A former commander of troops in Vietnam stated that once one got down range and into combat that everyone was looking out for everyone else regardless of race. It seemed to be the consensus of the group that the further away one served from actual combat the more likely you had time to be a racist. 

Question to the panel:
What specific experiences do you remember about your interactions with local Vietnamese?

One veteran said that he had regular contact with a couple different ethnic groups, not just Vietnamese. Another mentioned that he visited the home of an ARVN Officer and he described the interior of the house and the experience.

In a different vein, another veteran spoke about his stint as a prisoner of war in North Vietnam and his experiences learning about the Vietnamese people. For the most part, it sounded like these servicemen’s casual interactions with the local Vietnamese people was rather limited. 

The Vietnam War film patch provided by Northwest Public Television

Question to the panel:
What do you remember about your experience when you first returned to the United States following your tour in Vietnam?

A large number of the veterans stated that anti-war protesters spat on or attacked them. One even said that he had to stop one of his men from beating up an anti-war protester after they got in his face. Substantial numbers of the veterans retold the story of changing into civilian clothes immediately after leaving the airport.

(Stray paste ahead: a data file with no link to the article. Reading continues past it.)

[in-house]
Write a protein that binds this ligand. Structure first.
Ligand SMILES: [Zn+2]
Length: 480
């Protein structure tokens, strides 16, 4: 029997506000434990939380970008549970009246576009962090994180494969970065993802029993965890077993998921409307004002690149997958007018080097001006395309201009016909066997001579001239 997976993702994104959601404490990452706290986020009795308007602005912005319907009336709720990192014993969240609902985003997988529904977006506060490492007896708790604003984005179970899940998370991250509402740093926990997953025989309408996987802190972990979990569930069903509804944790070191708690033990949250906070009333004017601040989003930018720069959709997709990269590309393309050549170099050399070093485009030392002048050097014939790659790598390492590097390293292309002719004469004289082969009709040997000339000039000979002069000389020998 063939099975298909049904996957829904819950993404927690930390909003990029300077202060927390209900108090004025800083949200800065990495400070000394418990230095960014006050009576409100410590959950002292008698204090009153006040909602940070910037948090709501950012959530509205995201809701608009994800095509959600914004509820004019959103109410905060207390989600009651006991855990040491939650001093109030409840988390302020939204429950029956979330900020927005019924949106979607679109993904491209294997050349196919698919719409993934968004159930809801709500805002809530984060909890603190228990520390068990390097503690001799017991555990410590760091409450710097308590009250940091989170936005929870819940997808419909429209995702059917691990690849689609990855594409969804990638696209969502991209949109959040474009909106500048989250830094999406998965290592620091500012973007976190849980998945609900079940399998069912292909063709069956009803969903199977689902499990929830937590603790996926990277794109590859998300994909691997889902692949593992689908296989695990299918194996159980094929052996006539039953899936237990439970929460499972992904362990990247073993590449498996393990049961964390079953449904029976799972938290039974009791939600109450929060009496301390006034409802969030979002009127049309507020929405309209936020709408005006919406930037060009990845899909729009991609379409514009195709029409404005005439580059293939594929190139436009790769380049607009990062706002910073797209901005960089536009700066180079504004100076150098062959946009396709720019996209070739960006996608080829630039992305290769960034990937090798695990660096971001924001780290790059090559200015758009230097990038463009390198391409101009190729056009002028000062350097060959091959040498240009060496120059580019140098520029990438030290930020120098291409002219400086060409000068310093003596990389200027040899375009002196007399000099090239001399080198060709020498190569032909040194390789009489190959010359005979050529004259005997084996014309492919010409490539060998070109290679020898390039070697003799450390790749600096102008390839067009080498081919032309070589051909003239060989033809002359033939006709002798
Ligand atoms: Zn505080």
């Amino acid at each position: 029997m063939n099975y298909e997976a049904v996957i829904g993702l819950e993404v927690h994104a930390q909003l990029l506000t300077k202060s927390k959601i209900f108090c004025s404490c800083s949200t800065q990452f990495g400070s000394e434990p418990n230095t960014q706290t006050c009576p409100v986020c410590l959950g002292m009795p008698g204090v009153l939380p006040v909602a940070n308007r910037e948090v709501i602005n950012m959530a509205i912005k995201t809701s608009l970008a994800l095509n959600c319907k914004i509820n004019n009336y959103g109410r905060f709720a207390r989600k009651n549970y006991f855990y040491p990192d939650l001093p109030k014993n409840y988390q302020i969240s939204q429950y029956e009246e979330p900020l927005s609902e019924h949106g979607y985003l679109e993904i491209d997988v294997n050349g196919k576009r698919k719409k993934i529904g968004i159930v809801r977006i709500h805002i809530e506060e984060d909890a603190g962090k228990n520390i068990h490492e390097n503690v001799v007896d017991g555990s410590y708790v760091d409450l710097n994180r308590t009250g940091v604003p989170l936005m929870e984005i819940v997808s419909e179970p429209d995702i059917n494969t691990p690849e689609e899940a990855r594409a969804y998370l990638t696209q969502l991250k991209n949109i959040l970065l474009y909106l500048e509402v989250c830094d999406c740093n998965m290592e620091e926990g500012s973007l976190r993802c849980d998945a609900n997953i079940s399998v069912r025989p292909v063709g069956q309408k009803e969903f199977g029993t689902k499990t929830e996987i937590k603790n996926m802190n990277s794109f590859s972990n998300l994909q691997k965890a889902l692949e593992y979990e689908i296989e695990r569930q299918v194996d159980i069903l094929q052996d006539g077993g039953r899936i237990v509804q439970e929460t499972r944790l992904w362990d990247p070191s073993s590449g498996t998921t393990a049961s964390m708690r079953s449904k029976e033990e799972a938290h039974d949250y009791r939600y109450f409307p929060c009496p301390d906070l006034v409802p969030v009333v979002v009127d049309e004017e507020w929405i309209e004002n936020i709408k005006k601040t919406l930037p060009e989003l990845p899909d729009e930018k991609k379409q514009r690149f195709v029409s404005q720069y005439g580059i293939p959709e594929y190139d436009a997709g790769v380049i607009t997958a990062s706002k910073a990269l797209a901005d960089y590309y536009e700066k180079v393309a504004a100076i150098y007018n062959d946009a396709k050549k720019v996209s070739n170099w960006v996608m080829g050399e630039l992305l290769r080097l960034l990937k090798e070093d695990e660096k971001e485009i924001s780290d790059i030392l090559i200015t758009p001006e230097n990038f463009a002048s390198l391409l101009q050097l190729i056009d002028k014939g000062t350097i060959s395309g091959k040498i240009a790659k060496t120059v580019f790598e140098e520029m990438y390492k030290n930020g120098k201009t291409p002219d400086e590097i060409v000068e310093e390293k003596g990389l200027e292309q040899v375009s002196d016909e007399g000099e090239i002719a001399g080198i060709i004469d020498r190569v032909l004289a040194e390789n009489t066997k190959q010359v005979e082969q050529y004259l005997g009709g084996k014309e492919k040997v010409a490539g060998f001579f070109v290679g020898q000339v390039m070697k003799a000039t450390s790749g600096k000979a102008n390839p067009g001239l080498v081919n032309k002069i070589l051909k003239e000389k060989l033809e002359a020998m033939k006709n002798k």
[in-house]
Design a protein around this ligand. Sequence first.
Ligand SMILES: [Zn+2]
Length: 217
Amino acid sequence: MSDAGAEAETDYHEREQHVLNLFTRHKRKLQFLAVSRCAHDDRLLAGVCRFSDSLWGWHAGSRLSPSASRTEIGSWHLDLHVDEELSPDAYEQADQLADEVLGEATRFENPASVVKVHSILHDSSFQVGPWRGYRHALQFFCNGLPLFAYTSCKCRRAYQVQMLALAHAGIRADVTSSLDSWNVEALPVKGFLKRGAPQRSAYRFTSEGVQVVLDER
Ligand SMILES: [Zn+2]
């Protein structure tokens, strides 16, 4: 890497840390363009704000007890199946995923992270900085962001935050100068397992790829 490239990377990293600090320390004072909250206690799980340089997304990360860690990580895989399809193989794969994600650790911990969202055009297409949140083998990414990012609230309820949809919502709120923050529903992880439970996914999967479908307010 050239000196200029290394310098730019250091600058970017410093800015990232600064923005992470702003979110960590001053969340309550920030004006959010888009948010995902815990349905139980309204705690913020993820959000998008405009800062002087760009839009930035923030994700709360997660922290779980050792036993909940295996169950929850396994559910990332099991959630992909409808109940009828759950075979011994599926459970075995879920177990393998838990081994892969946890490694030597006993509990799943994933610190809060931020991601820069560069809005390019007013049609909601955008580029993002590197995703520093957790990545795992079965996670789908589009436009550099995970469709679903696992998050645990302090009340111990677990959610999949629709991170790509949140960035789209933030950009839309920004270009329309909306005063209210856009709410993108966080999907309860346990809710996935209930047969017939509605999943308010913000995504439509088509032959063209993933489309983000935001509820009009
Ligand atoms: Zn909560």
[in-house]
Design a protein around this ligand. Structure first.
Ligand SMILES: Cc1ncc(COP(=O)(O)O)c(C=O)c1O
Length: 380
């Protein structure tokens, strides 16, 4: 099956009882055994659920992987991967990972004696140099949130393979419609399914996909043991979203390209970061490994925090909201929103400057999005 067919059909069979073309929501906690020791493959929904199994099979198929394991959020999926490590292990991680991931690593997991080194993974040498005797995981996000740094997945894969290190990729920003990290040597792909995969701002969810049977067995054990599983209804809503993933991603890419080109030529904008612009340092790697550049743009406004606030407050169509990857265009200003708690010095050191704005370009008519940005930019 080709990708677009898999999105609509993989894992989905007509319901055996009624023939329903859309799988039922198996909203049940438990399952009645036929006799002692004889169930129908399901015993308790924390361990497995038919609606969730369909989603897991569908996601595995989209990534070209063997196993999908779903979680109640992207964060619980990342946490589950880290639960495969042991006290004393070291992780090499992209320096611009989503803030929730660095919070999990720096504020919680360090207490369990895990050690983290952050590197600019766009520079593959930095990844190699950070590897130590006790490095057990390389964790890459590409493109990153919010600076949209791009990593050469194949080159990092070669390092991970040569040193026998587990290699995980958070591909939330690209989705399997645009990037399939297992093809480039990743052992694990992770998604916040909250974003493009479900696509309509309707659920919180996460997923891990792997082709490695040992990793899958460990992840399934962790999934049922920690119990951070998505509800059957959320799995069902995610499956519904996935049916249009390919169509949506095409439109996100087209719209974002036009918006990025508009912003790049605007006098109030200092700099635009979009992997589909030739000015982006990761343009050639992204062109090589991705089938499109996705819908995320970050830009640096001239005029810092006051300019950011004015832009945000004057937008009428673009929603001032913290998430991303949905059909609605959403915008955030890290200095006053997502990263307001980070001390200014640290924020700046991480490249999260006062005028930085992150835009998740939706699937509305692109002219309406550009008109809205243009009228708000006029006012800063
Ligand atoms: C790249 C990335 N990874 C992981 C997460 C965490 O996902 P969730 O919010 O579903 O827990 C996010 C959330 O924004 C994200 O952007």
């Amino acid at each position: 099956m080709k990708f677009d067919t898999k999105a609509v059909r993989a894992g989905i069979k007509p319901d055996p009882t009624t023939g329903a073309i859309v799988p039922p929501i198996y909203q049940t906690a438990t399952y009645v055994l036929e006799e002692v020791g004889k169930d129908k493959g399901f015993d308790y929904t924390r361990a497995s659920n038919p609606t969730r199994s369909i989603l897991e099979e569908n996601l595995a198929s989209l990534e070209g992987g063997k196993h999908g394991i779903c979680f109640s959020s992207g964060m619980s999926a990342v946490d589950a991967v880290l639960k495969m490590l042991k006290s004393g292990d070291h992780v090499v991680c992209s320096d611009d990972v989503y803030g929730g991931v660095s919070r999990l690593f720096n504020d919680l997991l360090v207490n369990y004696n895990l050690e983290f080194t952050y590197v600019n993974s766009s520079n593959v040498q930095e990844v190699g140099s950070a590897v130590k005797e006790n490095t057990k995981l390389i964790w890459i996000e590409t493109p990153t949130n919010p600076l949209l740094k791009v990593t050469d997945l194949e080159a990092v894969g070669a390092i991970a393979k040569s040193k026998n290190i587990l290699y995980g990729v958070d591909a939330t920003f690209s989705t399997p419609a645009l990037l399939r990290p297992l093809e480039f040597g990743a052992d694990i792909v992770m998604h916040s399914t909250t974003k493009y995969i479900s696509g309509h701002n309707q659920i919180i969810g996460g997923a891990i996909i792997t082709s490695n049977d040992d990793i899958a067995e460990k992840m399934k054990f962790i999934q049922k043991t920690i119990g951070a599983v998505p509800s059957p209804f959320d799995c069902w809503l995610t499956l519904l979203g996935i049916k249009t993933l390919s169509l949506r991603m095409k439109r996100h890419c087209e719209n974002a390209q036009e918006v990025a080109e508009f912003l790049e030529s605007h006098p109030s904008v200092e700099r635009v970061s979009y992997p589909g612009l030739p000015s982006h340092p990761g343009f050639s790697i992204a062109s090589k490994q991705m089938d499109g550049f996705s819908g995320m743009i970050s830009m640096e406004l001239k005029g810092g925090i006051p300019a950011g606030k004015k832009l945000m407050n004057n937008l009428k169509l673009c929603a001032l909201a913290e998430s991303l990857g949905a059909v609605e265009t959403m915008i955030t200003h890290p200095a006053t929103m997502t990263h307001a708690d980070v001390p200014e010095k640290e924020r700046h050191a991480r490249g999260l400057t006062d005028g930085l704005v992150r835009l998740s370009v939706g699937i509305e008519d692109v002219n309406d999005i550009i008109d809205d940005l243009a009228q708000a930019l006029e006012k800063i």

One veteran stated that he did get a respectful welcome as an entire ship of five thousand sailors returned to their homeport and their families were there to greet them.

Overall, the veterans resented the hostile treatment they received on their return to the United States. This issue came up multiple times, when the veterans explained that they understood people’s right to disagree and protest the war, but that those who served did not deserve these indignities. 

Question to the panel:
After coming home and being home for a while, did you participate in the anti-war movement?

One veteran did volunteer that he did protest the war and sought to defund the war. This did appear to provoke some consternation among the fellow veterans. However, then the veteran sitting next to him said that he wished he had protested and that because he got on with his life he did not stop to protest and later regretted it. 

Question to the panel:
On April 30, 1975, how did the fall of South Vietnam affect you?

Most of the veterans said that the fall of South Vietnam really blindsided them, or caught them off guard, a kind of shock. However, a few of them couched this with the proviso that most veterans who had served over in Vietnam knew that things were not going to result in a United States victory over North Vietnam. So, it appears that the majority of the veterans knew something like this would happen someday, but when it happened it came as a severe shock. 

All in all, this debate was heartrending and emotional. What questions did The Vietnam War film evoke for you?

Luke Sprague is a public historian at HistoryMint and manages the nominations to the National Register of Historical Places for Latah County, Idaho. To find about more about what he does during his working hours click here. 

Thumbnail image of Luke Sprague